I hope that my friends and family recognize that after 24 plus years together Natalie and I deserve the rights all married couples enjoy. Natalie and I have made the trek to a law office and done everything we could to get the rights of a married couple, but a court of law could take those away from us, if pressed. I have no family medical leave from my job if Natalie gets sick and I need to take care of her because they do not offer domestic partner benefits. The federal government does give Natalie family medical leave for partners, but stops there. I am not covered under her health insurance as a spouse should be. Nor am I eligible for her pension if something were to happen to her, despite 20 years of taking care of her life while she has been all over the world for the government. These are hard pills to swallow as I age and think about our future as a lesbian couple. Possibly, next year I may be blogging that the federal government put on their big girl pants and started recognizing marriage licenses for all their citizens. I can only hope. And I do hope.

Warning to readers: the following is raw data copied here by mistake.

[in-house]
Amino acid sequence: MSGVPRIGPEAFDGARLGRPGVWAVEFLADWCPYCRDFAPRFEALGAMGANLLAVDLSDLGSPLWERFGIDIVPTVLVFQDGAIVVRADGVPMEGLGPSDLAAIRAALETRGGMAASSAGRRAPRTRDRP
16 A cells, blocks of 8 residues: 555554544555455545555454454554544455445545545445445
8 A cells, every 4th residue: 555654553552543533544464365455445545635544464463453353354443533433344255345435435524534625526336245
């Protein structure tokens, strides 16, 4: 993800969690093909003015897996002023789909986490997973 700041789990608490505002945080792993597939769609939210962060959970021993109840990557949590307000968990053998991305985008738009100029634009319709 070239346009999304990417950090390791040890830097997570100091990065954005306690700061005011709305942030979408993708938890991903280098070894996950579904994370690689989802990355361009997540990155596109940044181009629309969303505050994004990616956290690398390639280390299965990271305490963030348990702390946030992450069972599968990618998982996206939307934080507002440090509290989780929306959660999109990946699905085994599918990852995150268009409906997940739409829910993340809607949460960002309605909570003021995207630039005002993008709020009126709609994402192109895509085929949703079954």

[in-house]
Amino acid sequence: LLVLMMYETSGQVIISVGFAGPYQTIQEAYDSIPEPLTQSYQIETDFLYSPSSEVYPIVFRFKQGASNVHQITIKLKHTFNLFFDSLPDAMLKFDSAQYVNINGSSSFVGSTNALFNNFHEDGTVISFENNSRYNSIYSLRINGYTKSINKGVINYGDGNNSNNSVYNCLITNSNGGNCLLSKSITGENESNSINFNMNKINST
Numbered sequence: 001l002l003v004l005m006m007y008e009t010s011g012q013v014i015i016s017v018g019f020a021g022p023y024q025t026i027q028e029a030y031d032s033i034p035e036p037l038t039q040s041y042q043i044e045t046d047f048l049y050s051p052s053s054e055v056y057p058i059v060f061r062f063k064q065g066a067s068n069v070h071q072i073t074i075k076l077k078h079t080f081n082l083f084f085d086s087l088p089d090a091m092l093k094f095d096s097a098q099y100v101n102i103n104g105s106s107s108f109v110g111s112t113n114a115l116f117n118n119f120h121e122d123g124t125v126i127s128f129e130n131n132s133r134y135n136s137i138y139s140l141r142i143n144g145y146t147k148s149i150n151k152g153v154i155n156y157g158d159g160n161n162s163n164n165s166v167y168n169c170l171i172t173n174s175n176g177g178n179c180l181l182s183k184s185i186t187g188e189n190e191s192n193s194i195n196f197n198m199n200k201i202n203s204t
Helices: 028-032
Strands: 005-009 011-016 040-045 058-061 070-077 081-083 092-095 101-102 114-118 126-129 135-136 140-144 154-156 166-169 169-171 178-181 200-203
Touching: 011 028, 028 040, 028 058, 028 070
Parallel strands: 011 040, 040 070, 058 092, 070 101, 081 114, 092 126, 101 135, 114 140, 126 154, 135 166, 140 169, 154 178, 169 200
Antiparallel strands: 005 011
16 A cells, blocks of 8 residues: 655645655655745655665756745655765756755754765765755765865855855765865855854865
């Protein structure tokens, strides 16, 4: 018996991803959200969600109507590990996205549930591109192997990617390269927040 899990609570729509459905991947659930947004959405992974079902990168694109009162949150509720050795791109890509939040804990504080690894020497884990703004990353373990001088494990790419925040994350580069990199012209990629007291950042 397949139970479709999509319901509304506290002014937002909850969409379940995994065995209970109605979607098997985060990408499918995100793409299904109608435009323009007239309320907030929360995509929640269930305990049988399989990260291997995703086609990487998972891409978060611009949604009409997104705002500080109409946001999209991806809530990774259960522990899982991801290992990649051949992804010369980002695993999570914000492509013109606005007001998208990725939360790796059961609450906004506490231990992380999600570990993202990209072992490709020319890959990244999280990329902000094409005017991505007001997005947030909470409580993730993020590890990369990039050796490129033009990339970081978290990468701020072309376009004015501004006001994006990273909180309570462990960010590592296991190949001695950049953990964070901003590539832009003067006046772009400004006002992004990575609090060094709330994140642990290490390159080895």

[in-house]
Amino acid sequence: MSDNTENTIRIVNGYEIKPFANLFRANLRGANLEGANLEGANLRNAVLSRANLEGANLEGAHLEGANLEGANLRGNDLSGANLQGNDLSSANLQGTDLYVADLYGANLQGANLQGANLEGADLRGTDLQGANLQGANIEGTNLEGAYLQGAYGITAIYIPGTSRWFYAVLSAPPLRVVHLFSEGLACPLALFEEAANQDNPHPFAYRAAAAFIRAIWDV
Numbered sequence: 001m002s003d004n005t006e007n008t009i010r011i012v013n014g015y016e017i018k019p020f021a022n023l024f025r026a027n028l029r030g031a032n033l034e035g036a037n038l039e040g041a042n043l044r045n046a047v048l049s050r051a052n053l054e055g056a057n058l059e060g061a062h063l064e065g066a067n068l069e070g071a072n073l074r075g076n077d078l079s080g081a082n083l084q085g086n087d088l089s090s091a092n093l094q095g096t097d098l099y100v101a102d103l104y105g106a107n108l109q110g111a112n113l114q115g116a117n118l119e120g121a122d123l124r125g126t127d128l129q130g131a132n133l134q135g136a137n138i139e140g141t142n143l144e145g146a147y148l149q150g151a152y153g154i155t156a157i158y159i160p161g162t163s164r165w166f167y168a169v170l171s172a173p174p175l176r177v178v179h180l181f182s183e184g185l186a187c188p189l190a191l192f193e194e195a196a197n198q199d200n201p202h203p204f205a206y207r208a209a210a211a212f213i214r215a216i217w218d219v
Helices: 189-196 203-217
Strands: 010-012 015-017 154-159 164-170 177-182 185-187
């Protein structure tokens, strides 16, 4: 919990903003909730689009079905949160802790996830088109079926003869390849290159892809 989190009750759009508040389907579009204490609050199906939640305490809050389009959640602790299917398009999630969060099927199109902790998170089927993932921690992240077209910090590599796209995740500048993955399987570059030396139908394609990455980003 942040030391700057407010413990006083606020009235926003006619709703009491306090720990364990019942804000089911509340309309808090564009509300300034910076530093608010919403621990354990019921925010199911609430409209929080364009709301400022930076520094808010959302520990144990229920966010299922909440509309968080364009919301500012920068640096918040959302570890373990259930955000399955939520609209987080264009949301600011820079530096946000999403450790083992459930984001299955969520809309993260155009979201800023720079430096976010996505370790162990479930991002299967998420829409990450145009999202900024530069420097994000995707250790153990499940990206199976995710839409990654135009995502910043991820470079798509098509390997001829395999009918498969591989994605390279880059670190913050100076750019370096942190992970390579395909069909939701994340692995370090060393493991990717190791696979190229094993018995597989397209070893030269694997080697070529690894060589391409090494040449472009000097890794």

|Commitment Cermony 1992|
Don't get me wrong things have improved, improved by bounds. Natalie left a ROTC scholarship in college partially out of fear of being discovered as a lesbian. Now photos of gay marines are on the Internet charming (some people) with their much deserved homecoming kiss. Polls are in our favor, we are cresting the 50% approval for same sex marriage (http://blog.christianitytoday.com/ctpolitics/2011/03/poll_growing_pu.html). I have hope. Hope that you my friends and family will see my life with Natalie and realize that we do not bring end times with us only the dream that one day, we will be legally married in the United States. Maybe this time next year for my second anniversary I can have the gift of equality.
|Cousin's Wedding Fall 2011|